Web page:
A Professional Development School Innovation: A University’s Response to Special Education Teacher Shortages


  • Mary C. Esposito
  • Shirley Lal
  • Dawn Berlin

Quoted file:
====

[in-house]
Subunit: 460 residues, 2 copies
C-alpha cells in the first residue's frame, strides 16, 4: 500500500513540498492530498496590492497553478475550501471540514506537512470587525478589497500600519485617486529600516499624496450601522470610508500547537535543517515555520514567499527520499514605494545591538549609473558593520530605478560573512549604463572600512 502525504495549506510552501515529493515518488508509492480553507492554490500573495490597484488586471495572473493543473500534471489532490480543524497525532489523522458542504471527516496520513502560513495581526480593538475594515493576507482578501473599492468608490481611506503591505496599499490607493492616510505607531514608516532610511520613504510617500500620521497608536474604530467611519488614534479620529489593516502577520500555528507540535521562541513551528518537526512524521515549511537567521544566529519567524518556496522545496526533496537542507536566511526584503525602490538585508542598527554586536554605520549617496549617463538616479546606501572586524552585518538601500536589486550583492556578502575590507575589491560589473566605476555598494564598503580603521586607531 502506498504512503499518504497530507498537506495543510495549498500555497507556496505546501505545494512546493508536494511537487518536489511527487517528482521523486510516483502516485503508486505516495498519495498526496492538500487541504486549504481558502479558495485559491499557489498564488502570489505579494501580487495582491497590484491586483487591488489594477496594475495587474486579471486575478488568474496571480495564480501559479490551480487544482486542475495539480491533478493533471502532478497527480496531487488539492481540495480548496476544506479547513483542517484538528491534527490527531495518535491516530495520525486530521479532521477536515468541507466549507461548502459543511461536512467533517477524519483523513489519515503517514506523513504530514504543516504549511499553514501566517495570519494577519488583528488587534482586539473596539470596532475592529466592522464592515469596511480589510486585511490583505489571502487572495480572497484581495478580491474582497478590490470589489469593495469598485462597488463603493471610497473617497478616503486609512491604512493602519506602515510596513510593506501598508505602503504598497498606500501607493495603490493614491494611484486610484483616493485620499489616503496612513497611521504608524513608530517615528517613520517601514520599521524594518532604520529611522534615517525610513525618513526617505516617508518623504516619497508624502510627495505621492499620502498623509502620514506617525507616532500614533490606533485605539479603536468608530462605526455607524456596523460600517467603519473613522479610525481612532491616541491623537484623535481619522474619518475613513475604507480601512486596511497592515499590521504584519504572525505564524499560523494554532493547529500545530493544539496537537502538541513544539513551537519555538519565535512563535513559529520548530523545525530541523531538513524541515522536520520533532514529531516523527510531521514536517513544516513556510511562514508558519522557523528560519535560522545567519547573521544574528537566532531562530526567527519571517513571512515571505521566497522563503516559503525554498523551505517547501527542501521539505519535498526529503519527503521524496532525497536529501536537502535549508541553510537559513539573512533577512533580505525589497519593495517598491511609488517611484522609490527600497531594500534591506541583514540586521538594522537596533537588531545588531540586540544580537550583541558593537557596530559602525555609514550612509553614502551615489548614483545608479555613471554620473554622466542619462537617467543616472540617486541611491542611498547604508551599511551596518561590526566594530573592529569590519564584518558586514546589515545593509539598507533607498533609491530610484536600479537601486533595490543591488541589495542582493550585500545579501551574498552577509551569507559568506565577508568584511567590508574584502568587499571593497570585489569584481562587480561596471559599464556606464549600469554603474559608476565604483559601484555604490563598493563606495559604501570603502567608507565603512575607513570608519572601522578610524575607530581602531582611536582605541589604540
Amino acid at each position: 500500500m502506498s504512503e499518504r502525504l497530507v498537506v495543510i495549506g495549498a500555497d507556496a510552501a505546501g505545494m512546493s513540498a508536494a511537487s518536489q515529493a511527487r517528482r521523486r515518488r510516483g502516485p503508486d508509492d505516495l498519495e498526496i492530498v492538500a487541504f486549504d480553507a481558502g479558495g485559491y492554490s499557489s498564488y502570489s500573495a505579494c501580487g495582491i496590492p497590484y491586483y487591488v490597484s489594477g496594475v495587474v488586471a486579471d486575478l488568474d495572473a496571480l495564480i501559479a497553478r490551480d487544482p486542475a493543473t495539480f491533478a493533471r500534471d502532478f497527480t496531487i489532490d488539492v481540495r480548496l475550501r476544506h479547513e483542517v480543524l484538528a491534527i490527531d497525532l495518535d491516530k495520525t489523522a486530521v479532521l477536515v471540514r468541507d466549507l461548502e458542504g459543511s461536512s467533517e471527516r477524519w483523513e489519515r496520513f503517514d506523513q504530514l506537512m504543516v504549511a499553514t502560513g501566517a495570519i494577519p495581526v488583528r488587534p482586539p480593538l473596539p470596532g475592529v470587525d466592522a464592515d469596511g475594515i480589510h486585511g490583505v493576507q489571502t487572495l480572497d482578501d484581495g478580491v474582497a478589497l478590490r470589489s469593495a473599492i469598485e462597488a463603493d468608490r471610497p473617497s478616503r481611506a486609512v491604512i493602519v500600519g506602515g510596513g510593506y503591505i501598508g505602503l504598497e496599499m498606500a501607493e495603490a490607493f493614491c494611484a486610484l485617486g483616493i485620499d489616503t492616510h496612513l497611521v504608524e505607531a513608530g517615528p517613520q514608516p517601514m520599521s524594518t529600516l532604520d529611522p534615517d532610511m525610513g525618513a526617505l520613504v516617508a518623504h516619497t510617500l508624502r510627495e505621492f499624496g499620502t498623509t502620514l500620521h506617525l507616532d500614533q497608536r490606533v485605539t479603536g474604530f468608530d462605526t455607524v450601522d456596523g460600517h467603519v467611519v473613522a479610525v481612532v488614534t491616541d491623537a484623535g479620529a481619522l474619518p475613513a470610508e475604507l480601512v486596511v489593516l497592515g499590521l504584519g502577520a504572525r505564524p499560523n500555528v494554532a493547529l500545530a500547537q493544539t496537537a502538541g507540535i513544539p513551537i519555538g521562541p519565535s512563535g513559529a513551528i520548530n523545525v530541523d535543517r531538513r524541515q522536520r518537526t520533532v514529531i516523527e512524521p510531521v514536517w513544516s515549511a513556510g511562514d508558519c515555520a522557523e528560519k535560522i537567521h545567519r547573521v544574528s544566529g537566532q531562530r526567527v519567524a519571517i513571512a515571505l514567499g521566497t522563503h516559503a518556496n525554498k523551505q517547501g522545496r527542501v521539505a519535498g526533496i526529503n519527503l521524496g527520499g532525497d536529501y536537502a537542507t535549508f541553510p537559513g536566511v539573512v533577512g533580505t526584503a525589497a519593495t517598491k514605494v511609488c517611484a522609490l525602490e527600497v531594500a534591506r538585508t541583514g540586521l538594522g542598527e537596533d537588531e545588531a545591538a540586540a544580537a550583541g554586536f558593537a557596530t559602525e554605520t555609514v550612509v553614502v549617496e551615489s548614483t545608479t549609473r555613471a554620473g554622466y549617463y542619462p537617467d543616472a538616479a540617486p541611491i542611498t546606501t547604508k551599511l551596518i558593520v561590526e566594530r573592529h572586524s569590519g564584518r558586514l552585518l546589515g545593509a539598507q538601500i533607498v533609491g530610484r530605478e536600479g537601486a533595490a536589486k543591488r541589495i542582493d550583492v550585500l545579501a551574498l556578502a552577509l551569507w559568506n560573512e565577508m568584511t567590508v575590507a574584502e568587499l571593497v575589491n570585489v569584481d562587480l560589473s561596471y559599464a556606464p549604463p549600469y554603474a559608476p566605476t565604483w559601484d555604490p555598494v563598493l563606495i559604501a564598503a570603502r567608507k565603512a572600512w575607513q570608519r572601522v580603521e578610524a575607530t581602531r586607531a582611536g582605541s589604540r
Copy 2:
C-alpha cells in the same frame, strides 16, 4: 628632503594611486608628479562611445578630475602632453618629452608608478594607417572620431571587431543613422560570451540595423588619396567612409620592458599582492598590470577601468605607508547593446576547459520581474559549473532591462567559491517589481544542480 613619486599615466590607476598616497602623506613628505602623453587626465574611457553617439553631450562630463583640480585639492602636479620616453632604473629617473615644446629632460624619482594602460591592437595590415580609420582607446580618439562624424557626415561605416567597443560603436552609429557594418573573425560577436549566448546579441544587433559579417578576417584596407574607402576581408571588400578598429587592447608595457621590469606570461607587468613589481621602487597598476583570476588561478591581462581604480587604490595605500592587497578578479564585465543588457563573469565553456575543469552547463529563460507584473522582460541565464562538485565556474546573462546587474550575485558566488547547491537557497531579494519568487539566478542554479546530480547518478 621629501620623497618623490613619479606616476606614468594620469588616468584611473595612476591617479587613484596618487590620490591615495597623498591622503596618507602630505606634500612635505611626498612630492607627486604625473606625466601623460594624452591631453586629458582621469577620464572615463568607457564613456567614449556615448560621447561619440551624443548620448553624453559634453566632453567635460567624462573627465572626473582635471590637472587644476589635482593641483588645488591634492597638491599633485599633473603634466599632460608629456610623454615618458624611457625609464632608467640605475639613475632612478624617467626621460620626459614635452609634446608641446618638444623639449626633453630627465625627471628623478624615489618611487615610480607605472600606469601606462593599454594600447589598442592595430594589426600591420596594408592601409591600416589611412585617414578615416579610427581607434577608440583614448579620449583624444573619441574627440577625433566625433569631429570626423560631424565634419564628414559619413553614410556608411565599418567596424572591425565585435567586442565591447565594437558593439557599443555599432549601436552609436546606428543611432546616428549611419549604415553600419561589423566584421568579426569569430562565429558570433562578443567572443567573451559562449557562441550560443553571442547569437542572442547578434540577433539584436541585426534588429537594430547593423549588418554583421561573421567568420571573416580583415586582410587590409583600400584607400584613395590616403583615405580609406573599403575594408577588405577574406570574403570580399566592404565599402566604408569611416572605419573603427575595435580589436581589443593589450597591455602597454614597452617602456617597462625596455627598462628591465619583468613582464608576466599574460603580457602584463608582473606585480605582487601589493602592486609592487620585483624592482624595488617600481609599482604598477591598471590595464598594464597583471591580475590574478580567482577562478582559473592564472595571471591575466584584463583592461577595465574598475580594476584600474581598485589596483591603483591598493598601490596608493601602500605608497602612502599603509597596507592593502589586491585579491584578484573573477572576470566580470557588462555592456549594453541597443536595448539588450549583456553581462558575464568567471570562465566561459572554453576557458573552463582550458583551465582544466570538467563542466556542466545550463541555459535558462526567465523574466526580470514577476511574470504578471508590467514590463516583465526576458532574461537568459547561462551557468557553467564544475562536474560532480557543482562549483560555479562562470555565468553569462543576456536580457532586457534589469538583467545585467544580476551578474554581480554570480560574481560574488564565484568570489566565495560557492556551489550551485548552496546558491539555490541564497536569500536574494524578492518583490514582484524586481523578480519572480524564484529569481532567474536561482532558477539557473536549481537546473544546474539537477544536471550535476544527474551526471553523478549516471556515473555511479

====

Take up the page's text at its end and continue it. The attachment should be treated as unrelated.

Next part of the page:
This study examined the effectiveness of the application of the Professional Development School (PDS) Model (Holmes Group, 1986), to an alternative special education (SPED) credential program designed to prepare SPED teachers (for culturally, linguistically, and economically diverse urban K-12 schools and to ease SPED teachers shortages within our university’s service area. Results indicate the majority of candidates felt effectively prepared to meet the needs of their students, as evidenced by scores obtained on exit surveys which fell within the top two categories (effective and very effective) in two broad areas; Pedagogy (77%) and Classroom Environment (79%). This study sought to assess the extent to which the California State University Dominguez Hills (CSUDH) SPED PDS effectively prepares candidates to meet the needs of their multi-ethnic, multi-lingual, economically poor SPED students and to add to the existing PDS and alternative certification literature, specifically in the context of SPED teacher preparation. In doing so, this study demonstrates the viability of the CSUDH SPED PDS to increase both quantity and quality of SPED teachers and thus ease severe teacher shortages across the nation.